Innovation That Matters

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Can AI enable safer, more efficient pesticide use?

Agriculture & Energy

AI algorithms and stickier droplets ensure that pesticides land and stay on the desired plants

Spotted: Pesticides play a significant role in food production. According to one study, eliminating pesticides would result in a 78 per cent drop in fruit production and a 32 per cent drop in cereal production. Yet, pesticides are also extremely toxic. Pesticide runoff can contaminate streams and aquifers for years after use – severely endangering animal and human life.

One way to mitigate the damage from pesticide use is to optimise the application, so that only a small amount is being used, and only exactly where it needs to be. This is exactly what AgZen is working on with its RealCoverage platform, which uses AI to make real-time adjustments to spray parameters like pressure, rate, boom height, or speed.

AgZen claims that its algorithms can reduce chemical and water usage by up to 50 per cent. This lowers the cost for farmers, who can use less pesticide for the same crop yield. This also means less pesticide that could contaminate water courses. In addition, AgZen has developed additives to make more pesticide spray droplets stick to the plants they hit – meaning fewer pesticides reach the ground.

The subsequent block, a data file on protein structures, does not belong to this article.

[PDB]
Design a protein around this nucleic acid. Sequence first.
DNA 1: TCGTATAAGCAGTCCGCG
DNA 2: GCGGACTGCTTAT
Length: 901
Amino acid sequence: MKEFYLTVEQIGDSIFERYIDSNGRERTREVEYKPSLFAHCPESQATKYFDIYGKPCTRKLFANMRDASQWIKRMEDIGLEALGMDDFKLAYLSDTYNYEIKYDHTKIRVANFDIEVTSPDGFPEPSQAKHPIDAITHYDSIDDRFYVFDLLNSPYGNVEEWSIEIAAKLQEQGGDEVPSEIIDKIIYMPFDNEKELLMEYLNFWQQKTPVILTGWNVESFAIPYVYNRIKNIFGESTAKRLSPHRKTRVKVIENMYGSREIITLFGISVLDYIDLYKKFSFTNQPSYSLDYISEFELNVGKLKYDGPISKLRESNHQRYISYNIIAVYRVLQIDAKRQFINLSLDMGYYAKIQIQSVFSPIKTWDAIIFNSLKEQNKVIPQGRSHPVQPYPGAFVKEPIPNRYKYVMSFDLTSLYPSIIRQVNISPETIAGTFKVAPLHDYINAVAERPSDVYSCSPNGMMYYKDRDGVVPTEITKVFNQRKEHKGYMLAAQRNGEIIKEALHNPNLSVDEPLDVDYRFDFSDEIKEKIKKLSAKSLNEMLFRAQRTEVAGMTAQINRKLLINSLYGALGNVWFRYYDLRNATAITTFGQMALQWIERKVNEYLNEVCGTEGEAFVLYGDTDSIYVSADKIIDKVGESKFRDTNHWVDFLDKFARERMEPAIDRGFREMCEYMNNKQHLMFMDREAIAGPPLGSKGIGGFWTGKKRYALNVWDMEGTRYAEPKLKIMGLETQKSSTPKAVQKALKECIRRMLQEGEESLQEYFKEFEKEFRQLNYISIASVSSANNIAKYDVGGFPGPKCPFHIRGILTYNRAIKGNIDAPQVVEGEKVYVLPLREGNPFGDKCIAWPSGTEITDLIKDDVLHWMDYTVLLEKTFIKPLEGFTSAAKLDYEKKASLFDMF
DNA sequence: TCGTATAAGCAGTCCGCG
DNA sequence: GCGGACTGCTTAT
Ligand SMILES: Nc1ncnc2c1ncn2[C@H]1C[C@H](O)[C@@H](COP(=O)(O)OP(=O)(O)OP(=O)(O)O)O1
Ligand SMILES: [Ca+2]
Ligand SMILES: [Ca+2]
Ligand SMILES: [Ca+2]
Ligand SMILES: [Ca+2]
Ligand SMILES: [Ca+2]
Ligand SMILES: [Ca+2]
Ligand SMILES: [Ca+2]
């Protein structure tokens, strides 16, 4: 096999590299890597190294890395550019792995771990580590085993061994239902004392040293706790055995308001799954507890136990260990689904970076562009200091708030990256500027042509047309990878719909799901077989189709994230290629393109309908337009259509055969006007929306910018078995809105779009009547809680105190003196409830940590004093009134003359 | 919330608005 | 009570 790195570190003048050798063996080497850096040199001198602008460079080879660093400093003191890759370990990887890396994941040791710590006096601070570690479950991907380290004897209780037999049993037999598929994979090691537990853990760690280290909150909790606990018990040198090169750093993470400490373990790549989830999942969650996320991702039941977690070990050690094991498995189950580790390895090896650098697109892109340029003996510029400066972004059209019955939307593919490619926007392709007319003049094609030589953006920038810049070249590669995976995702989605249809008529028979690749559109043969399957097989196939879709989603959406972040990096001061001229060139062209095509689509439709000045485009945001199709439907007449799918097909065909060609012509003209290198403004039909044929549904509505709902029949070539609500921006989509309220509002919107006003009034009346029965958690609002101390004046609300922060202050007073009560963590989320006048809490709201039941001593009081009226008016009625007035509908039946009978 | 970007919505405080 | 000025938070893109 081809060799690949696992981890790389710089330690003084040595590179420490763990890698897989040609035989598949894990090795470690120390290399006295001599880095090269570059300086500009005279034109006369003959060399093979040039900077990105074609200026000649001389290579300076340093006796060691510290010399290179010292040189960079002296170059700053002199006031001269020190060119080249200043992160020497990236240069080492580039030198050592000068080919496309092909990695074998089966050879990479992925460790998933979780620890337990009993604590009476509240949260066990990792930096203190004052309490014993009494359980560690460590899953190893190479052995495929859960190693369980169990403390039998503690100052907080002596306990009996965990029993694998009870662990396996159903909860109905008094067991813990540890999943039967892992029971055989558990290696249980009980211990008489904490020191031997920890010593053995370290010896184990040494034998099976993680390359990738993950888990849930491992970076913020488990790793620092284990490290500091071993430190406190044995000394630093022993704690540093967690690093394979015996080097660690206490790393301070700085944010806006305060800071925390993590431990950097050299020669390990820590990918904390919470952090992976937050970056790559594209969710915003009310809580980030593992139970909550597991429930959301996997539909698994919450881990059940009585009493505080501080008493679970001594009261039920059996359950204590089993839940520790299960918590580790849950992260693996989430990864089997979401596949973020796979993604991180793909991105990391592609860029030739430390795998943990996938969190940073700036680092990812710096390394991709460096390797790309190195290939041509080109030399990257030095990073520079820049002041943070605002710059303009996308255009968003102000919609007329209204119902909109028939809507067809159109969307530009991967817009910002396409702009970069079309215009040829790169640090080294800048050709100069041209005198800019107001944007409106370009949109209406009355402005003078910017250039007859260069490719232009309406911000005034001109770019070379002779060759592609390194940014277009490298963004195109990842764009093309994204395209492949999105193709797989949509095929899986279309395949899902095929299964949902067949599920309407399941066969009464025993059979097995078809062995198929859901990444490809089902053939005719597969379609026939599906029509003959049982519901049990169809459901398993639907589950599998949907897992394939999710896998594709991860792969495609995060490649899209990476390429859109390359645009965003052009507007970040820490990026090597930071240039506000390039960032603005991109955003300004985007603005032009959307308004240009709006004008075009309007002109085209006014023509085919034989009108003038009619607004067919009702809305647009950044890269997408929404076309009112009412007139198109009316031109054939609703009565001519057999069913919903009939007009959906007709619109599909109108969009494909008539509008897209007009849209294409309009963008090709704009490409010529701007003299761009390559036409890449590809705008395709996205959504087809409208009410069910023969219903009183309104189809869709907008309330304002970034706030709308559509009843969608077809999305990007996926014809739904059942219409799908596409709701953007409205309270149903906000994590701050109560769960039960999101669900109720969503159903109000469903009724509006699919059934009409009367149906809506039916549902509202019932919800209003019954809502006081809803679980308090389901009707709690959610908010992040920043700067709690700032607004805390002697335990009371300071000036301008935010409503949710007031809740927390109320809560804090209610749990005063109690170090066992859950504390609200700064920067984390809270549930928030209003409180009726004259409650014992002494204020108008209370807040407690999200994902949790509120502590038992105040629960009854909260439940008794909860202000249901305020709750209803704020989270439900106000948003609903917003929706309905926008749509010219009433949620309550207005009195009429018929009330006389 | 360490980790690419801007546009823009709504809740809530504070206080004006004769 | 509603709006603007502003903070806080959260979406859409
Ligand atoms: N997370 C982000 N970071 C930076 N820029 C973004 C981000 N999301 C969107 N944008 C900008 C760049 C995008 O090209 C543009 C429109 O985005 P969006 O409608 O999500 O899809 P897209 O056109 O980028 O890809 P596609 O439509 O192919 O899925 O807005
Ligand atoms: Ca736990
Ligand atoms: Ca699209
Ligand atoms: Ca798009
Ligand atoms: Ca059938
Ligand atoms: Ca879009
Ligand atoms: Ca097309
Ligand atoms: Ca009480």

The company was spun out of work conducted at MIT by engineer Kripa Varanasi and was officially launched in 2020. AgZen completed 12 successful pilots across the US and Europe in 2023 and plans to launch RealCoverage commercially in a lease-to-own model later this year.

With the global population continuing to grow, improving the sustainability of agriculture is becoming urgent. Springwise has also spotted the use of AI in weed control and microorganisms that can aid in crop protection.

Written By: Lisa Magloff




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